Search and replace across many files in vim

During some refactoring, I was hit with the need to do some serious bad-man search and replace across entire directories from within vim, because almost any alternative would be more painful than listening to Cher’s discography and watching The View simultaneously. After scouring Google results for a while, the only article I could find detailing this technique was a pretty good one by Ibrahim Ahmed.

I’ll summarize with an example. Let’s say you have a massive Python project, and you want to replace every call to certain accessor functions with a variable name. For example, wat.getZappaAlbum() becomes wat.zappaAlbum. Let’s say that your Python project is in the ~/Code/albums directory.

From within vim, we first have to specify which files we want to operate on.

:args ~/Code/albums/**/*.py

That is, we specify args as any Python file within any subdirectory of ~/Code/albums. You can use regular expressions here and, in fact, a few comments on Ibrahim’s site allude to piping in file names with a bash script.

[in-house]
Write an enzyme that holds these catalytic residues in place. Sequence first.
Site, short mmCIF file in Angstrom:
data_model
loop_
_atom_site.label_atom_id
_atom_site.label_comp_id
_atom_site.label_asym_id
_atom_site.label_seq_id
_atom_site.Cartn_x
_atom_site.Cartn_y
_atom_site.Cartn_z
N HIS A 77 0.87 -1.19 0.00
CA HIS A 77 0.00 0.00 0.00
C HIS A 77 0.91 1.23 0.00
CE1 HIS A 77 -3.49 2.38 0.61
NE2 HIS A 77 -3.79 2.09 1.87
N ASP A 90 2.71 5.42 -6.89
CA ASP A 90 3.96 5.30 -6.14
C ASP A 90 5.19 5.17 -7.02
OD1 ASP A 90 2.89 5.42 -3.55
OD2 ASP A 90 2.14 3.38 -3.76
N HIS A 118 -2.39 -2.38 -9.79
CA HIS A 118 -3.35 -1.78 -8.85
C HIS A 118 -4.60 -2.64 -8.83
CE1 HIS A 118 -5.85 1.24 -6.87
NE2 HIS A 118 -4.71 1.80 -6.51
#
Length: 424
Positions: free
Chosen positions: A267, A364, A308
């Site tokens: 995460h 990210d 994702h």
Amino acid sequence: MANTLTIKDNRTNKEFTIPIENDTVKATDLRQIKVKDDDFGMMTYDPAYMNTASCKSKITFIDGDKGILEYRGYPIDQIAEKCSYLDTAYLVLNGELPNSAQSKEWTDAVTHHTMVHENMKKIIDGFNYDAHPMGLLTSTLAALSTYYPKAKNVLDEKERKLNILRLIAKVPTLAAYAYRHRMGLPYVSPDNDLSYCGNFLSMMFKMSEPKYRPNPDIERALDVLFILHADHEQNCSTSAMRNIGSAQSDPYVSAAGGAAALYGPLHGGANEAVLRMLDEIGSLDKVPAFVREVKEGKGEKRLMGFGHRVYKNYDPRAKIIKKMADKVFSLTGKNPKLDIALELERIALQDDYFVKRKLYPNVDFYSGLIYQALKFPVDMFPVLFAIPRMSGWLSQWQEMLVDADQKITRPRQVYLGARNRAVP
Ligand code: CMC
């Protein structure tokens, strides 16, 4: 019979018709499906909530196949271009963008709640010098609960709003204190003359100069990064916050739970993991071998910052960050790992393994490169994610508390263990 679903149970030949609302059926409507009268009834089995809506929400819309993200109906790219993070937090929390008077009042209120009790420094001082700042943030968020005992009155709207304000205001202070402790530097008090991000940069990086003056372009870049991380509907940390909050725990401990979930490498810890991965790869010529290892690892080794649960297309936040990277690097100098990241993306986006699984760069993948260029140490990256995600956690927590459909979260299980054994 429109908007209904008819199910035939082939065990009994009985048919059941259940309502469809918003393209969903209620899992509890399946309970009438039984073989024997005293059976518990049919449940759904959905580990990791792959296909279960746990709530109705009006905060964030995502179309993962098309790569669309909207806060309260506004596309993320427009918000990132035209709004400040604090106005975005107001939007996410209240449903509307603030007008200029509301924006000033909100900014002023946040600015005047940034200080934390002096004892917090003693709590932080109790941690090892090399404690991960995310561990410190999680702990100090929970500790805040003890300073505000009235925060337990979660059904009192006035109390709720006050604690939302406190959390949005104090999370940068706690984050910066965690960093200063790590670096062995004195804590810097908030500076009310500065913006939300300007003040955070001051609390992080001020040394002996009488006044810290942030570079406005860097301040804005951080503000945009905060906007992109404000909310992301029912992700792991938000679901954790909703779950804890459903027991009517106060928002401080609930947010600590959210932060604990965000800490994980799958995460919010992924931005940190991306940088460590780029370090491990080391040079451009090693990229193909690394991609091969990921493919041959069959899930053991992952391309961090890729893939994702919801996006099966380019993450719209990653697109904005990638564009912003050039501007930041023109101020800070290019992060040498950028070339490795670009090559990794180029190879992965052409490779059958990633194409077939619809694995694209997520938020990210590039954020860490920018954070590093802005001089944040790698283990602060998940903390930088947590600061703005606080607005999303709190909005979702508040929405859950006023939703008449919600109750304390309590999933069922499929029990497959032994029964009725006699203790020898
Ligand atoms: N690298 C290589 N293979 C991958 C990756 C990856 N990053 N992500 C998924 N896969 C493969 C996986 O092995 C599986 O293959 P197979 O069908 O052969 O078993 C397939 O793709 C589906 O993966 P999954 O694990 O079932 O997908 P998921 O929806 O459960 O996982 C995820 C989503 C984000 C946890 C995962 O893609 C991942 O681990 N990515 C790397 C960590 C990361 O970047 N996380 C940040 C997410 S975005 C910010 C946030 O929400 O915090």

After we have specified the files we want to act on, we specify the action. Let’s say we have two functions we want to replace: getTreasureFingersAlbum and getToroAlbum. We want to change them to treasureFingersAlbum and toroAlbum, respectively.

:argdo %s/get\(TreasureFingers\|Toro\)Album()/\l\1Album/gec | update

Now you’re whipping through each matching instance, yaying or naying each replacement like a glutton prince.

Wait, what? Let’s break down what’s going on here.

  • :argdo, unsurprisingly, specifies that we’re acting on the args we specified earlier.
  • %s/foo/bar/gc replaces each instance of foo with bar and prompts you before doing so.
  • get\(TreasureFingers\|Toro\)Album() matches either getTreasureFingersAlbum() or getToroAlbum() and the escaped parenthesis “capture” either TreasureFingers or Toro for later use in the replacement.
  • \l\1Album is the meat. The prefix, \l, tells vim to make the first character of the following back-reference lowercase. The next component, \1, is a back-reference to the capture (either TreasureFingers or Toro), and “Album” is simply appended to the replacement.
  • gec is used instead of gc because the inclusion of e avoids error messages in the case that we search a file and don’t find a match (this will happen).
  • | update simply saves the file after we’ve completed the first operation: the find and replace.

More information about case changes within regular expressions can be found here.